Valletta man charged with sending anonymous threatening letters to Opposition figures, NGO head

A Valletta resident has been remanded in custody after he was charged over threats made to opposition MPs, activists and their families

A Valletta resident has been remanded in custody after he was charged over threats made to opposition MPs, activists and their families.

71-year-old Joseph Mary Borg from Valletta was arraigned under arrest before magistrate Caroline Farrugia Frendo on Wednesday afternoon, accused of sending threatening letters to the private residences of Opposition MPs Beppe Fenech Adami, Jason Azzopardi and Ryan Callus, Repubblika president Robert Aquilina, as well as newspaper columnist and government critic Prof. Kevin Cassar.

Prosecuting inspectors Kevin Pulis and Kurt Farrugia also accused Borg of threatening and insulting Aquilina and his brother, PN MP Karol Aquilina.

Borg was further charged with harassing and threatening Karol Aquilina and causing Robert Aquilina to fear violence, threatening MPs during the course of their duties, harassing Prof. Cassar and his wife as well as causing them to fear violence.

The accused was also charged with breaching both a probation order and a suspended sentence.              

“If you want to tell me something, say it to my face, don’t send me anonymous letters,” Azzopardi told the accused in court as the sitting began at around 2:45pm.

The court was told that the MPs were taking part in the Public Accounts Committee. The letters were sent to the private residences.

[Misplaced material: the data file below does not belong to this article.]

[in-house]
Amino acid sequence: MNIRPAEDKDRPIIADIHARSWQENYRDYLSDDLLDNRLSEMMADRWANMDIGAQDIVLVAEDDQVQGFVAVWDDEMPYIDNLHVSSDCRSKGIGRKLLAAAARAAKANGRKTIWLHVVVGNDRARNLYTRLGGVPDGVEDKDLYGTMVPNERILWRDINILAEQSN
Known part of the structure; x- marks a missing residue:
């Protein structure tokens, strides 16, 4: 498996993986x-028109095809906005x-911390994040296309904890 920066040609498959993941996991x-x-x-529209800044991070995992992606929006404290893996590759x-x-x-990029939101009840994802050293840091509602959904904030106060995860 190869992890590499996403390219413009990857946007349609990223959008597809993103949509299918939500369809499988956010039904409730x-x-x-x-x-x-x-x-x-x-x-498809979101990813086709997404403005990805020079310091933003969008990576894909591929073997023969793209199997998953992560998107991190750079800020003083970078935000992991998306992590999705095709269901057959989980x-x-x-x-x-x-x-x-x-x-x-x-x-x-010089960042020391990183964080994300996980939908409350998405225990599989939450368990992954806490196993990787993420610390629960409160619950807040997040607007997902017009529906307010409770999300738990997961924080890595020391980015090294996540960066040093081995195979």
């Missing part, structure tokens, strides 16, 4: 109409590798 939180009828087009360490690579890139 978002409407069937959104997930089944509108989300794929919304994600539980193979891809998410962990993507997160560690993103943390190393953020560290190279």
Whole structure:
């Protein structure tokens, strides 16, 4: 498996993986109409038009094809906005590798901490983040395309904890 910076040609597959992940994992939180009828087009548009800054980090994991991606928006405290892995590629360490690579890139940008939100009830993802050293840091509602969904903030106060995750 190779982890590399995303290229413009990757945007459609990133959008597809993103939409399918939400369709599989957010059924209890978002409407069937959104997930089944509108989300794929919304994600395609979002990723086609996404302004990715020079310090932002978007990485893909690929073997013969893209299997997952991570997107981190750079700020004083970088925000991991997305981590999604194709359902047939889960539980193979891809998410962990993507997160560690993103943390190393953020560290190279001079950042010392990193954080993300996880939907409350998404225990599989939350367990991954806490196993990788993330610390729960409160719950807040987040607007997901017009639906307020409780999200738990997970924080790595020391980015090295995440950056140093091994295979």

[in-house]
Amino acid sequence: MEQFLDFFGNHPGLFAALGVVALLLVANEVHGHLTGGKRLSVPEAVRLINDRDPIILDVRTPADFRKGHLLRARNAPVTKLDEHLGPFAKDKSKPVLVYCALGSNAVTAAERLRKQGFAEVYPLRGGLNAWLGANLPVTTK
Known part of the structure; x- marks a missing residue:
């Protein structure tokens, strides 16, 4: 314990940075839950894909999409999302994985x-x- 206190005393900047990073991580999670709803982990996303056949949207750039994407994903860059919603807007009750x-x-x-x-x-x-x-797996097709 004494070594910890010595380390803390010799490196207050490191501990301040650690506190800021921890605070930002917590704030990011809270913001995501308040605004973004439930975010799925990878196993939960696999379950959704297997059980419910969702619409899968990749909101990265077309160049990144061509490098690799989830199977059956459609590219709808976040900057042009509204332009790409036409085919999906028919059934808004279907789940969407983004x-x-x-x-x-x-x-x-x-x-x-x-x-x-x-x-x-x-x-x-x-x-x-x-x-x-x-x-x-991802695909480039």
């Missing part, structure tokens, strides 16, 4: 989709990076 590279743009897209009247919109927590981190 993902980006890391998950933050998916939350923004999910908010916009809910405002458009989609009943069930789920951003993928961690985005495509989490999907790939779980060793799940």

Accused was represented by lawyer Joseph Calleja. A not guilty plea was entered. The defence requested bail.

Inspector Kevin Pulis objected to the man’s release from arrest. He remarked that “here we have a person facing 26 charges. Several public persons who were, week after week, month after month, year after year, receiving anonymous letters the contents of which are terrifying.” The charges were very serious, he said.

The victims, some of them public officials, were repeatedly targeted by the man’s harassment and threats and had sought police protection, he added.

“This isn’t just a person watching a TV program and posting something on Facebook, as bad as that may be. This dates back to 2017.” There may be further arrests, added the inspector.

The accused had released two statements to the police, he said. He not only knew where the victims resided but had sent them an avalanche of letters there, explained the inspector. Other witnesses may be intimidated by the accused if given bail. He was also a recidivist, concluded the prosecutor.

Lawyer Joseph Calleja said the evidence was all preserved after the police had searched the accused’s house. The court could order the accused not to contact or approach the victims. “He is also an elderly man on treatment for various ailments, “ said the defence.

Inspector Pulis pointed out that the evidence seized was documentary, but that the case required testimony that could be influenced by the accused.

The court denied bail at this stage, on the grounds that there was a real risk of evidence being lost at this early stage of proceedings, adding that a glance at the accused’s criminal record showed his character was one prone to reoffending.